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Philology. Journalism

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Gender as one of the social factors and its impact on the politicians’ speech (Based on the interviews of Theresa May, the former British Prime Minister)

Lashkova Galina V., Saratov State University
Belonozhko Yuliya A., Saratov State University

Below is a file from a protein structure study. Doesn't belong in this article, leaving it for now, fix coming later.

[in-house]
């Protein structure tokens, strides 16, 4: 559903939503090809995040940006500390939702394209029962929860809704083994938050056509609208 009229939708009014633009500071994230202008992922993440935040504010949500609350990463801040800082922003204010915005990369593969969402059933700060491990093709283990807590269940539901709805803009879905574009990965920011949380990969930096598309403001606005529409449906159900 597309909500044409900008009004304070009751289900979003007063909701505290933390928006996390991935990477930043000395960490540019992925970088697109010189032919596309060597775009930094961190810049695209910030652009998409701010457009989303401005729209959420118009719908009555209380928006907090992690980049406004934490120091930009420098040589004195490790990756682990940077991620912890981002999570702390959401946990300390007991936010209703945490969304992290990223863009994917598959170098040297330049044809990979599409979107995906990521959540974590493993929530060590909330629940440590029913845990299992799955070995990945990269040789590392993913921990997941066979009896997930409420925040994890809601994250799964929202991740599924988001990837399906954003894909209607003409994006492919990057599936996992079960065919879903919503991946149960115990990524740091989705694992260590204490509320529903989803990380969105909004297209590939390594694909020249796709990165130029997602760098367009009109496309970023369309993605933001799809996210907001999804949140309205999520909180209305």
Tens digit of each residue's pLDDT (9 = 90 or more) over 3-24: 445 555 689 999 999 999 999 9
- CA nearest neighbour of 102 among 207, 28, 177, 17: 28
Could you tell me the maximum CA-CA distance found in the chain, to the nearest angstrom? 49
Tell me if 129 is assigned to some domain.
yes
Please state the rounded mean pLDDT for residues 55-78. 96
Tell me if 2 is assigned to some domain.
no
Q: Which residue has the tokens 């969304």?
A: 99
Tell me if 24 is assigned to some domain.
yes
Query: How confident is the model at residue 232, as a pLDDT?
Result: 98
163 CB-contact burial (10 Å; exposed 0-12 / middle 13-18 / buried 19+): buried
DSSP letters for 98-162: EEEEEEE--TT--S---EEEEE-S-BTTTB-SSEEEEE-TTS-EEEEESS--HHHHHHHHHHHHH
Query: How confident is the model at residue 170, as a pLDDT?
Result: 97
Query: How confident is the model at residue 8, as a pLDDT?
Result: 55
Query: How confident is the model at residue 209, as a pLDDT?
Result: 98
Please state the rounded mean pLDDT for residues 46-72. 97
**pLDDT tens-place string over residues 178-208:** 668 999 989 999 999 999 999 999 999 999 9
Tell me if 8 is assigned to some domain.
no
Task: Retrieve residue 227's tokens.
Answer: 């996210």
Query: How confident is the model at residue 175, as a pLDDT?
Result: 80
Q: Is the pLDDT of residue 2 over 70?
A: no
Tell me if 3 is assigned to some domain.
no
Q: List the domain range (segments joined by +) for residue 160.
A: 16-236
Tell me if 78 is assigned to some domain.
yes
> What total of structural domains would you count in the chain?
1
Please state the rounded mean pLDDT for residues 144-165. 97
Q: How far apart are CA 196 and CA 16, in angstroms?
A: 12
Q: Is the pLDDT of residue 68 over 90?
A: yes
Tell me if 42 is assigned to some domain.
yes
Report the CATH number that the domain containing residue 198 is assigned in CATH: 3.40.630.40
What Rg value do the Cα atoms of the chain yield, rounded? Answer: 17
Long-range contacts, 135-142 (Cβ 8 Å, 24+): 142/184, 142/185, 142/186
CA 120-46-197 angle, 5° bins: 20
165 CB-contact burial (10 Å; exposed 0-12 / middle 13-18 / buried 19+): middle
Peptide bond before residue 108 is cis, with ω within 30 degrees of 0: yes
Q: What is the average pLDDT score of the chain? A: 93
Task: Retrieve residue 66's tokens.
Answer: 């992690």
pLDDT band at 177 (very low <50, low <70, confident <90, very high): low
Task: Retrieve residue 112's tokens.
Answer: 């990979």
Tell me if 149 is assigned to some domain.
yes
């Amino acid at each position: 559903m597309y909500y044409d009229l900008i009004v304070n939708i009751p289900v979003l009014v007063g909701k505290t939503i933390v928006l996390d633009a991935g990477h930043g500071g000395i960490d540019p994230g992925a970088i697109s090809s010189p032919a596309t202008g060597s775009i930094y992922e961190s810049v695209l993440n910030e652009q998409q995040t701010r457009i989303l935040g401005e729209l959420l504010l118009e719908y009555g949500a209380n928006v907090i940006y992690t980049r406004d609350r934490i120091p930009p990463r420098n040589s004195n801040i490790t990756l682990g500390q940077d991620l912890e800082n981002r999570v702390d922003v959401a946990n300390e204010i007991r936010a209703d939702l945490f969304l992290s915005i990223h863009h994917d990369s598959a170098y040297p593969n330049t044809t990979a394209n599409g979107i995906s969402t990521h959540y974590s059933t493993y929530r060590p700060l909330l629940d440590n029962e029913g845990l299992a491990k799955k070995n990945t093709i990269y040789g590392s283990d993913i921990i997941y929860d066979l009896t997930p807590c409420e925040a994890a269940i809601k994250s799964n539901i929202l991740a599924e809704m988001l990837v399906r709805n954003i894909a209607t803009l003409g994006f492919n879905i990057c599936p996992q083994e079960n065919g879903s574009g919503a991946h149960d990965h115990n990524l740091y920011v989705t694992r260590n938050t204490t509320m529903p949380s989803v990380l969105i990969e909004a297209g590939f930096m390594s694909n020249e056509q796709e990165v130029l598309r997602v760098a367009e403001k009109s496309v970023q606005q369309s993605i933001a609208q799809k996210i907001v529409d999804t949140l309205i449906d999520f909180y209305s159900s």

Current research studies the concept of “gender” as one of the social factors that determine the choice of language means defi ned as more typical for female or male speech. The study focuses on the speech of Theresa May, the former British Prime Minister, the second female Prime Minister after M. Thatcher. The analysis of 10 interviews with male and female journalists is based on the classifi cations of masculine and feminine language means described in the studies of such linguists as R. Lakoff , a representative of feminist criticism of language, W. O’Barr and B. Atkins, who highlighted the infl uence of the speaker’s social status, D. Tannen, J. Holmes and D. Hyde. This study characterizes the features of T. May’s speech as masculine or feminine, depending on the communicative situation when the Prime Minister uses such markers as the 1st person pronouns, etiquette clichés, intensifi ers, modal verbs “must” and “can”, as well as the tendency to interrupt the interlocutor. T. May’s speech features both feminine and masculine traits, notably feminine ones are more frequent in interviews with female journalists, due to the discussion topics, while masculine indicators are more typical for her communication with male interviewers, whose questions were addressed to T. May as the leader of the state and concerned social and political life of the UK. The feminine traits in such a situation indicate emotionality and seeking for the support of the speaker’s opinion. They might be considered as factors weakening T. May’s status of an appropriate leader, especially when criticized by an interviewer.


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